“He’s been up all night setting this up.” Schmidty nodded. “You think he’ll actually…”
“I told Ava and Maresol he was at risk for relapse,” Sandy said. “And Delphie’s staying with Maresol. He won’t slip away from them.”
Schmidty laughed. He introduced the man sitting next to him. The man dug through a briefcase for a stack of papers.
“You’re sure we’ll get reimbursed?” Sandy asked.
“How much is it?” Schmidty asked. He turned the papers around and said, “Cool million. Shit, Sandy, you could just write a check for this.”
Sandy gave him a withering look.
“This will just about liquidate the cash fund,” Sandy said. “We can’t really afford to spend all of it on this event while O’Malley is on his honeymoon. You know how he is.”
“Good point,” Schmidty said.
“We will reimburse,” the producer said. Schmidty nodded. “We have agreed to that. Also, we’re covering the insurance.”
“My next question,” Sandy said. “Can I see that?”
The producer pulled out the event insurance policy.
“And the injury…”
“Here,” the producer said. “Wow, you’re up to snuff.”
“Experience,” Sandy said. She scanned through the insurance documents and nodded. “Did you take a look at these?”
Sandy held up the stack of papers.
“Read them,” Schmidty said. “You’ll see my initials on every page.”
Sandy gave him a slight smile.
“I had to check everything three times when your father was in charge,” Sandy said.
Schmidty smiled. She initialed and signed everything.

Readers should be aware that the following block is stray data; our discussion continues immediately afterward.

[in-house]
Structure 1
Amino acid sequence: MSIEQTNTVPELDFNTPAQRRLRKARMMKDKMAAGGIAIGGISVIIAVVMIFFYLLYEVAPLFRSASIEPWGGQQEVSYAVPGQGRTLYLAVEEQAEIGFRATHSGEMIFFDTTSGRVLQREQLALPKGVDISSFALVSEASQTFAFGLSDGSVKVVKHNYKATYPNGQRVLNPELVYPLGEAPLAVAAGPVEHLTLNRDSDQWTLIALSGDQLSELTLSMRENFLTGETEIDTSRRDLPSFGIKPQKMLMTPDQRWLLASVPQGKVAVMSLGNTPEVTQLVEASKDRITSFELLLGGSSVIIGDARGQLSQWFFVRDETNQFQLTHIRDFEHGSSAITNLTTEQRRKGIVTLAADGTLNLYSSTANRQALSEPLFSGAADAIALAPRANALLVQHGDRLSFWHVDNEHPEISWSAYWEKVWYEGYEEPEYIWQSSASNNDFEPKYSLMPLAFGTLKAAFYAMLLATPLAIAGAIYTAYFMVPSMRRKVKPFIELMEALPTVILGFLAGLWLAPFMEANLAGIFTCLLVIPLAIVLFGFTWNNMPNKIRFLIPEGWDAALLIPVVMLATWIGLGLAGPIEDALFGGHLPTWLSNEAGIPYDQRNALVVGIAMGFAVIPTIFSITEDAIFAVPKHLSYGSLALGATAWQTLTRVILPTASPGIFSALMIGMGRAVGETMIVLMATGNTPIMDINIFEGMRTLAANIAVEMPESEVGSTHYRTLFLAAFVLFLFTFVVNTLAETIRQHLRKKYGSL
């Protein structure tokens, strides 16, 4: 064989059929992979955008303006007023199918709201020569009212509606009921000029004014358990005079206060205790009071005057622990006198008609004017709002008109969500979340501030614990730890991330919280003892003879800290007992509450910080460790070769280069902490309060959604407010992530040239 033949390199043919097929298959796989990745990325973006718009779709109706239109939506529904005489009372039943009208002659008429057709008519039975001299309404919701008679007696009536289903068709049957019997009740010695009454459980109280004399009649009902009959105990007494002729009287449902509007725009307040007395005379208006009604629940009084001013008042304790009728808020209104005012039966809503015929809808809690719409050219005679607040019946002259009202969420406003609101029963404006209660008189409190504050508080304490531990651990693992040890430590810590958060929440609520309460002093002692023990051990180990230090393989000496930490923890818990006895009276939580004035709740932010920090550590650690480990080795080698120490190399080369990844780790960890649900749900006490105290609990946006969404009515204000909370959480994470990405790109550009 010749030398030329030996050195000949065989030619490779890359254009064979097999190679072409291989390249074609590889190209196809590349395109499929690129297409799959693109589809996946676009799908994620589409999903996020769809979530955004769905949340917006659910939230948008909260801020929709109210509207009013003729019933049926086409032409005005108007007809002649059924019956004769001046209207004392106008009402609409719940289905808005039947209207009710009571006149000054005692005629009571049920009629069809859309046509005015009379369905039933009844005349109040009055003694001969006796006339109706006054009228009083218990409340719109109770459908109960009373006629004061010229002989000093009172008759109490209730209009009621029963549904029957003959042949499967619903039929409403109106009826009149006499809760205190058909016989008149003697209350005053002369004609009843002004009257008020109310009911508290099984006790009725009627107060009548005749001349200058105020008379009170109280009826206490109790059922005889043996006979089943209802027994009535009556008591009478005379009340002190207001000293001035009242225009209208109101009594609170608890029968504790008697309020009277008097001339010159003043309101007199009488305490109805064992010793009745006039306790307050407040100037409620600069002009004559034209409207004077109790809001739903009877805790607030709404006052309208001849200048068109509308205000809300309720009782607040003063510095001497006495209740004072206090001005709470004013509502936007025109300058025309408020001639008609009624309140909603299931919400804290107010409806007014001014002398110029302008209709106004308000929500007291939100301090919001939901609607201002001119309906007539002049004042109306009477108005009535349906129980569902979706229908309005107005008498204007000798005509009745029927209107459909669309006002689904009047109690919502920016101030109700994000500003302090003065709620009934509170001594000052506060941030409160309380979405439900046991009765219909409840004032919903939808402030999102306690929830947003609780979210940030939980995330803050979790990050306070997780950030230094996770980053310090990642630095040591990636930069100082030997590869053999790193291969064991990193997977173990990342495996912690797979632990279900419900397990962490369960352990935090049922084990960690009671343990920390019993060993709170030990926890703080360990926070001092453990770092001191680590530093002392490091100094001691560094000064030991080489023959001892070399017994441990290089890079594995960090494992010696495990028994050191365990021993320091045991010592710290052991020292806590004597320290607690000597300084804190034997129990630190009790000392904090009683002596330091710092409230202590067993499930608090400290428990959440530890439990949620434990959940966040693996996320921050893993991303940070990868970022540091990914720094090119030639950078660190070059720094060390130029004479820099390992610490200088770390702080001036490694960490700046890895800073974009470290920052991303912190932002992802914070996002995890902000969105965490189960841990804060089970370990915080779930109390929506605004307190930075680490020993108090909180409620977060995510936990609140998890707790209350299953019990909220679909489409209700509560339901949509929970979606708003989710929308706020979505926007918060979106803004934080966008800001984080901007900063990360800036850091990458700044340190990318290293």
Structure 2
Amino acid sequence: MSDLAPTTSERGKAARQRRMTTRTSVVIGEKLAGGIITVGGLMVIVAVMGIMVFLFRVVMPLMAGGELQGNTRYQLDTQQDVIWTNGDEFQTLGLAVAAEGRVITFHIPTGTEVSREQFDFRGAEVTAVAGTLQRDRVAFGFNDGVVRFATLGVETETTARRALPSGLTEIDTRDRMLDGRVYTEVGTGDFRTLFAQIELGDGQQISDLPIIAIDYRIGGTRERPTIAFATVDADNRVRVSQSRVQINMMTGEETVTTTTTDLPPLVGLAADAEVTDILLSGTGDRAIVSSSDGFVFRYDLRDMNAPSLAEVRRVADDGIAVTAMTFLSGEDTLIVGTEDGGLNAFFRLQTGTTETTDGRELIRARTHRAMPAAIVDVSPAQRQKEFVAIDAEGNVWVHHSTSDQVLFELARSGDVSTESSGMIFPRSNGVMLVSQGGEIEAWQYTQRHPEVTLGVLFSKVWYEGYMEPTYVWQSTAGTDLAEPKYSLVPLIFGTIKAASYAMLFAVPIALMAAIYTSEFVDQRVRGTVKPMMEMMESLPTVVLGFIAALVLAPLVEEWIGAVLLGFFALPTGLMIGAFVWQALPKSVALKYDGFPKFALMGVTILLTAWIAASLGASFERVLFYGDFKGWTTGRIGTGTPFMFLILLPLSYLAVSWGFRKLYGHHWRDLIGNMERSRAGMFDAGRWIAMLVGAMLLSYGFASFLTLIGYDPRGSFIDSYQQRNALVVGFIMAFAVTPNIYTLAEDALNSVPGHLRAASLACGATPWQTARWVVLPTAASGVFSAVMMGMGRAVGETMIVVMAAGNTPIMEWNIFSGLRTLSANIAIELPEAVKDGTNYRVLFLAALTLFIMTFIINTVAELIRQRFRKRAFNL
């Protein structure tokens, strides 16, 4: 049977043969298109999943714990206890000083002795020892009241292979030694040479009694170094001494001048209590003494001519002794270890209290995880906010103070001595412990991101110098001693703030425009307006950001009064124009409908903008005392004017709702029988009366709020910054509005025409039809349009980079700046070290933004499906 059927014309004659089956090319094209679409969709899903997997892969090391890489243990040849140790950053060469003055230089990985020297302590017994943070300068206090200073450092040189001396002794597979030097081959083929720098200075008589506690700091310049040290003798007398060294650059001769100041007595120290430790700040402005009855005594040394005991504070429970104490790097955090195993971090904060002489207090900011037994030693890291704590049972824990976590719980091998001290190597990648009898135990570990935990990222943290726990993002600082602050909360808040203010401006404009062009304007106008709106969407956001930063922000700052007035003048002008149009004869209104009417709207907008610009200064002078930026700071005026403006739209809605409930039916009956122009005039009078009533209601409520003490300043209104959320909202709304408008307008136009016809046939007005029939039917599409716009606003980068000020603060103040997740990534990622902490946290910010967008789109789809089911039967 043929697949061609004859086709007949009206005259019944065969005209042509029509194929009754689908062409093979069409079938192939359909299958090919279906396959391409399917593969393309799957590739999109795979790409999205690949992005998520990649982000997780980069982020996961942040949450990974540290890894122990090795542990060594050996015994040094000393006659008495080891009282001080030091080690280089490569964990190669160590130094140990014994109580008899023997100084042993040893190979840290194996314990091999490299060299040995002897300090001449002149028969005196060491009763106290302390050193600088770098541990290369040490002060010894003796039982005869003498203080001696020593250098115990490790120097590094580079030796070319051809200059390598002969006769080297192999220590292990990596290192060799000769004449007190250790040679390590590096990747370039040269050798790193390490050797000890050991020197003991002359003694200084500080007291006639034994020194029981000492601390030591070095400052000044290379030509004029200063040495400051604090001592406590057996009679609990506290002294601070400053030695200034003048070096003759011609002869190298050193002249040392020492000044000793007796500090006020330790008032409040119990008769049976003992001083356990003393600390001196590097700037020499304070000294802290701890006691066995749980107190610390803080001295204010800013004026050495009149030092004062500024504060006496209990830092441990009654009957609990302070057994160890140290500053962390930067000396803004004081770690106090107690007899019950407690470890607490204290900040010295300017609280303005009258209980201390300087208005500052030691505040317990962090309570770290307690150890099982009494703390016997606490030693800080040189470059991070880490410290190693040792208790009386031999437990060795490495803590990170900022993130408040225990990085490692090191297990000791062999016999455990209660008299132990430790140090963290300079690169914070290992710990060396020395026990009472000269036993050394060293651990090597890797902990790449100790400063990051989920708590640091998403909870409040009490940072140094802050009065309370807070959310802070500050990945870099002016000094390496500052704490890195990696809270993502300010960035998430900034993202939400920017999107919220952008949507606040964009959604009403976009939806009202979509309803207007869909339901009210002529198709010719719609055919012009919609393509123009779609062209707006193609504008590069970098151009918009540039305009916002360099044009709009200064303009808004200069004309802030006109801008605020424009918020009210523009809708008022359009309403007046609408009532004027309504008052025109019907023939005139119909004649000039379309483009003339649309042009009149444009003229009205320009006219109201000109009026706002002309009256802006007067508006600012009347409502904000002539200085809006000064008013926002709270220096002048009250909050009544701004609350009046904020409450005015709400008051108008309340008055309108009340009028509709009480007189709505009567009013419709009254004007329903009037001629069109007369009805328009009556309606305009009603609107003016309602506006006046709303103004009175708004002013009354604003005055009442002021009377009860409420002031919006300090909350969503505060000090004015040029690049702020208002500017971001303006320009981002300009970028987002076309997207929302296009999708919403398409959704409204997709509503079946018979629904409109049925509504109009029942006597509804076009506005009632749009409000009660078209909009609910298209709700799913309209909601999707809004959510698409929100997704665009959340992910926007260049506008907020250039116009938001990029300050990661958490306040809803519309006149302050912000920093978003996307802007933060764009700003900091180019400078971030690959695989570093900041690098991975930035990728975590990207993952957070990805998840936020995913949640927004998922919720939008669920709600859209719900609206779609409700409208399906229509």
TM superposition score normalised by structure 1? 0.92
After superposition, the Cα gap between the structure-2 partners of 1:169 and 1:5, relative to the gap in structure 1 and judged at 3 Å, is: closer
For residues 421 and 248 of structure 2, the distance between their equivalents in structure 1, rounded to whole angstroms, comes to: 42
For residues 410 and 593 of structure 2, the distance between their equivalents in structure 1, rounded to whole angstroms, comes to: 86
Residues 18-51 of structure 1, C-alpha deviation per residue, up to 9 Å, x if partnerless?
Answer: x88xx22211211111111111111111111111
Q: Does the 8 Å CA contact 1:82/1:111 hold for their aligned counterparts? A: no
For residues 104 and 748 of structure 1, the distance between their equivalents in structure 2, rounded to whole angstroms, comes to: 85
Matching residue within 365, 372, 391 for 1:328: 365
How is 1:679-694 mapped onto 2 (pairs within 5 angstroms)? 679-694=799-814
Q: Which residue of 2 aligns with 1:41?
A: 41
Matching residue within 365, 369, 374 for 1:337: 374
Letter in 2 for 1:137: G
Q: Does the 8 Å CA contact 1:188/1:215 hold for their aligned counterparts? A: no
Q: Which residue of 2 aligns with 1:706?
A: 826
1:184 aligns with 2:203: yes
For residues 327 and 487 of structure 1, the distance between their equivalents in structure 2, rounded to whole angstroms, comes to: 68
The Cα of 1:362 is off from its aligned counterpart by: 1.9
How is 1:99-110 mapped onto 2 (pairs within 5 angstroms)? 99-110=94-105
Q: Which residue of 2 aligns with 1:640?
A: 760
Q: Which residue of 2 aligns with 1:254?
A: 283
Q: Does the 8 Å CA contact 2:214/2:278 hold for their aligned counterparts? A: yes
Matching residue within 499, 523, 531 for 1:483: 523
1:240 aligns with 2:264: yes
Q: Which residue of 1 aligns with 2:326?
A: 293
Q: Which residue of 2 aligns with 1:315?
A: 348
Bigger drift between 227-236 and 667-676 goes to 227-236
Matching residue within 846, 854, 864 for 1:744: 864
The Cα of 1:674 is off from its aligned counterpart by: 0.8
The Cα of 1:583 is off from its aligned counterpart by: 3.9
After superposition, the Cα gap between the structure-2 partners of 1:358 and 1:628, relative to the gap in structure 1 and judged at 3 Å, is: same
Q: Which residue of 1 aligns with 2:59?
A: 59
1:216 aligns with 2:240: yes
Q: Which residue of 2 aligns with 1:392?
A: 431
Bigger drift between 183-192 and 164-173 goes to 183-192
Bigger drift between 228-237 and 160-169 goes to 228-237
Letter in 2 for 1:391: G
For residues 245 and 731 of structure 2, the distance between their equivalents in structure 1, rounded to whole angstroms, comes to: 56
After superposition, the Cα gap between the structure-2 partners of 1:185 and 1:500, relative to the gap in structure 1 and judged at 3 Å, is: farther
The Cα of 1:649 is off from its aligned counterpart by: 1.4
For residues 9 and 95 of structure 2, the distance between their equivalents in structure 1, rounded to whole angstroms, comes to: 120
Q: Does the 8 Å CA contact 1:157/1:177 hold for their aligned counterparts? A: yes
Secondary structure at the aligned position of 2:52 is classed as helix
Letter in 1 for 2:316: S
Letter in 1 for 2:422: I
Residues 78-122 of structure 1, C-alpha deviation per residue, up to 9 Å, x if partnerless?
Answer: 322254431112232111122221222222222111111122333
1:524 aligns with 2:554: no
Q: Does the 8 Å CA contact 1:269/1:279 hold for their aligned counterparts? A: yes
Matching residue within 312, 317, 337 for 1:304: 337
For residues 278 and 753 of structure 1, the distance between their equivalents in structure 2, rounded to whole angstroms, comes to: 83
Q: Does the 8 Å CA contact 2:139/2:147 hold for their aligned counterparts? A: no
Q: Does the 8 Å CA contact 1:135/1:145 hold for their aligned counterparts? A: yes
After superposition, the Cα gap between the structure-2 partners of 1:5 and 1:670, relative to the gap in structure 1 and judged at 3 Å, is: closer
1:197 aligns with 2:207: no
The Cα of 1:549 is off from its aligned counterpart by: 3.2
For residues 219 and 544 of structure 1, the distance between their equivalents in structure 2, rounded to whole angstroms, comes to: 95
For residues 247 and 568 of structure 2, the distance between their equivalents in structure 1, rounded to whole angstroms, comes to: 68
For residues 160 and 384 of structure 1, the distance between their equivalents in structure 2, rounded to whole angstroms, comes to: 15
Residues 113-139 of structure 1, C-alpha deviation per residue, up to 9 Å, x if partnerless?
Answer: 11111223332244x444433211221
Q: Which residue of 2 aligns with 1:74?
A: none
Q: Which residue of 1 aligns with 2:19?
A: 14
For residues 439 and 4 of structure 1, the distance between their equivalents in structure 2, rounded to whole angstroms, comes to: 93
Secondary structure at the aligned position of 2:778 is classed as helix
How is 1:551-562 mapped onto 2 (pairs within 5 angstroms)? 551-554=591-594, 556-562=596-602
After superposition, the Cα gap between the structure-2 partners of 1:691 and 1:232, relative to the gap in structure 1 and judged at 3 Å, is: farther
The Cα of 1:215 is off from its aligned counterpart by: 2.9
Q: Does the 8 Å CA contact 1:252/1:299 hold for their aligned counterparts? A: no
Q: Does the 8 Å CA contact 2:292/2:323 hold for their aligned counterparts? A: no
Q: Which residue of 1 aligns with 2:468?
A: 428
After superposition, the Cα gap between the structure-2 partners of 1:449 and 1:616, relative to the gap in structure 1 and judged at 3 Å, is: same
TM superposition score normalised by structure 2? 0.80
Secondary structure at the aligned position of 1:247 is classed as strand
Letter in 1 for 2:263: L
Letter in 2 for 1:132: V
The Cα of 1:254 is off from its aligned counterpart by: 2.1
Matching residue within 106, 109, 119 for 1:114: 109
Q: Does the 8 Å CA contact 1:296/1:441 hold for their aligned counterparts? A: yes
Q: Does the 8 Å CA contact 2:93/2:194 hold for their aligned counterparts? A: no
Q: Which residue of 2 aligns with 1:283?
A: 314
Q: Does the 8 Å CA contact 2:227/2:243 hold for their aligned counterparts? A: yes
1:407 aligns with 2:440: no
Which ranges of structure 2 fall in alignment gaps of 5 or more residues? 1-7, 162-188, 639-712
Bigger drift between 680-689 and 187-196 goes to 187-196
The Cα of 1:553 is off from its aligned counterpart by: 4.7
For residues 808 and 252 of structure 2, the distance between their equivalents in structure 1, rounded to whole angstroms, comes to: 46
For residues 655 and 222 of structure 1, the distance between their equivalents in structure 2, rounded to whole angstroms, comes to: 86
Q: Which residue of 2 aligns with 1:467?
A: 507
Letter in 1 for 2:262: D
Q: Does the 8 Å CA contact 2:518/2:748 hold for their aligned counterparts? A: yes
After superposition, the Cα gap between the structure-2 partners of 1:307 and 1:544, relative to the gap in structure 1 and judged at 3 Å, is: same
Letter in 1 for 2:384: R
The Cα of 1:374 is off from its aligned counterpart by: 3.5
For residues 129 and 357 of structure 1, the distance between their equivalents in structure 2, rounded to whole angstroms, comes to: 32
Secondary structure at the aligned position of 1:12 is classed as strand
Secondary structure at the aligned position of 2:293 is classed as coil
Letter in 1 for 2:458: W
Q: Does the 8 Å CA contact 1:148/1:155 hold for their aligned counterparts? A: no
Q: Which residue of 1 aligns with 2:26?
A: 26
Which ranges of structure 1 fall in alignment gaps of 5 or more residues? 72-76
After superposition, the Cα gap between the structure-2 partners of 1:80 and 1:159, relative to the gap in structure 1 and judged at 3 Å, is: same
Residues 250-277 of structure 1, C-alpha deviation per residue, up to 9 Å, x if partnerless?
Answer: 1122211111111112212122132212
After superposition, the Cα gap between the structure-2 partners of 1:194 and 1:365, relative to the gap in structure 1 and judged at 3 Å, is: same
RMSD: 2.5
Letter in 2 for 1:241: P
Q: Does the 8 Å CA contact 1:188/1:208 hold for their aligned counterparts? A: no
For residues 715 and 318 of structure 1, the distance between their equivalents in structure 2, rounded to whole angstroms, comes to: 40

“Anything else?” Sandy asked.
“Nice to meet you, Miss O’Malley,” the producer said. Sandy tried not to wince at the name. He shook her hand.
“Now if you’ll excuse me, I need to find clothing for the kids and formal wear for Aden and myself that we can by some miracle afford,” Sandy said.
“But…” Schmidty looked worried.
Putting the papers into his briefcase, the producer nodded his good-byes.
“Sorry, Jammy, I’ve got to go,” Sandy said.
“Can I walk with you?” Schmidty asked.
“Sure,” Sandy said.
Schmidty got up and they walked through the crowd of people setting up the event.
“Know any second-hand places for formal wear here?” Sandy asked.
“I don’t get it,” Schmidty said.
“What don’t you get?” Sandy bristled.
She was sure he was going to ask the “Why don’t you just spend Seth’s money” question. She didn’t spend it because it wasn’t her money.
“You’re a very wealthy woman,” Schmidty said.
“How do you figure?” Sandy asked.
“Your mom’s symphony,” Schmidty said.
“What about it?” Sandy stopped walking and turned to him. He turned to look at her.
“I can’t believe Seth didn’t tell you,” Schmidty said.
“Tell me what?” Sandy asked.
“Maybe I didn’t tell him,” Schmidty said with a nod. “You know, I bet I didn’t tell him.”
Like she did with Nash, Sandy grabbed the young man’s arms and gave him a little shake.
“What are we talking about?” Sandy asked.
“Oh, I sold your mom’s symphony,” Schmidty said with a smile. “Surprise!”
“And what does that mean to me?” Sandy asked.
“You’re a very wealthy woman,” Schmidty said. “Let me just say that you’ve made me a very wealthy man.”
“You mean you weren’t rich before?” Sandy asked.
Schmidty blushed and chuckled. She smiled and shook her head at him. She started walking toward the elevator.
“None of this nonsense changes the fact that I need to find clothing for a bunch of teenagers and myself and Aden,” Sandy said. “I haven’t worked in almost a month. And…”
“That’s right,” Schmidty said. “I sent it to the Castle.”
“Sent what?” Sandy asked.
“The check for the sale,” Schmidty said and blushed.
“Whatever,” Sandy said. “I haven’t been at the Castle in what feels like forever.”
“Here’s what I’ll do,” Schmidty said.
“Coming through,” a workman yelled.
Sandy stepped back so two workmen on either end of a large speaker could get between her and Schmidty. After they had passed, she stepped back. Schmidty was holding a credit card.
“Take this,” Schmidty said. “Buy what you need.”
“I can’t take your money,” Sandy said.
“I use these for clients,” Schmidty said. “You can spend as much as you want on it.”